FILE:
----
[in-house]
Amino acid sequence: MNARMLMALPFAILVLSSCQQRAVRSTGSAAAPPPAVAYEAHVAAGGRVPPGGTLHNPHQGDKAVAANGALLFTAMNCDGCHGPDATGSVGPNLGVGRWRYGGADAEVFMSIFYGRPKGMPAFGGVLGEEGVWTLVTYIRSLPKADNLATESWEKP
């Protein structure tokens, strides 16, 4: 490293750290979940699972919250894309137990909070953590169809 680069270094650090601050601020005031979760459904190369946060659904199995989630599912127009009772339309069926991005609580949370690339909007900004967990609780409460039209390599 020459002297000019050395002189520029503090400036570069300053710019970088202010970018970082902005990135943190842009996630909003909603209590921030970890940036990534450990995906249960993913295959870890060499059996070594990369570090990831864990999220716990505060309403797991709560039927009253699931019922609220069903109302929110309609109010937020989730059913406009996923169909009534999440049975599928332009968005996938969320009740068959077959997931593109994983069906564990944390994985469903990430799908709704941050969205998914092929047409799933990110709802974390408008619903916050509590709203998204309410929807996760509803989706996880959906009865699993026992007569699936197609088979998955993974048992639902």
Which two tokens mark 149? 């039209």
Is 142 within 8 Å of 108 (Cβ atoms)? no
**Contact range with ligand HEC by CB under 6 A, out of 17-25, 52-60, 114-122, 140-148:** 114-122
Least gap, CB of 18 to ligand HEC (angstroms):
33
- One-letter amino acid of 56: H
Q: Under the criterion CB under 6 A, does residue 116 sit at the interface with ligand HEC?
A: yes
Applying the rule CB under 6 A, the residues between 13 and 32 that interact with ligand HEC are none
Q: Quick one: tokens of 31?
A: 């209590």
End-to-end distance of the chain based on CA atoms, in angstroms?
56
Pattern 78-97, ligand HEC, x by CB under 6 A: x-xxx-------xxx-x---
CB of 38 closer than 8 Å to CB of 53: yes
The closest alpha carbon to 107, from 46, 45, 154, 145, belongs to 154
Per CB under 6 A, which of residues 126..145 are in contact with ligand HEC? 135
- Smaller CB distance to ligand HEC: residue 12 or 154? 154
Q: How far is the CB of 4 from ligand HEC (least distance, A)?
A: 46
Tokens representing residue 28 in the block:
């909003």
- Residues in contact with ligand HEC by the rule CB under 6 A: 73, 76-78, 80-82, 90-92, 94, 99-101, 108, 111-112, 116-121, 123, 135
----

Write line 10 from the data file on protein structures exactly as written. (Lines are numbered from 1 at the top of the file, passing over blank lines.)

Q: Under the criterion CB under 6 A, does residue 116 sit at the interface with ligand HEC?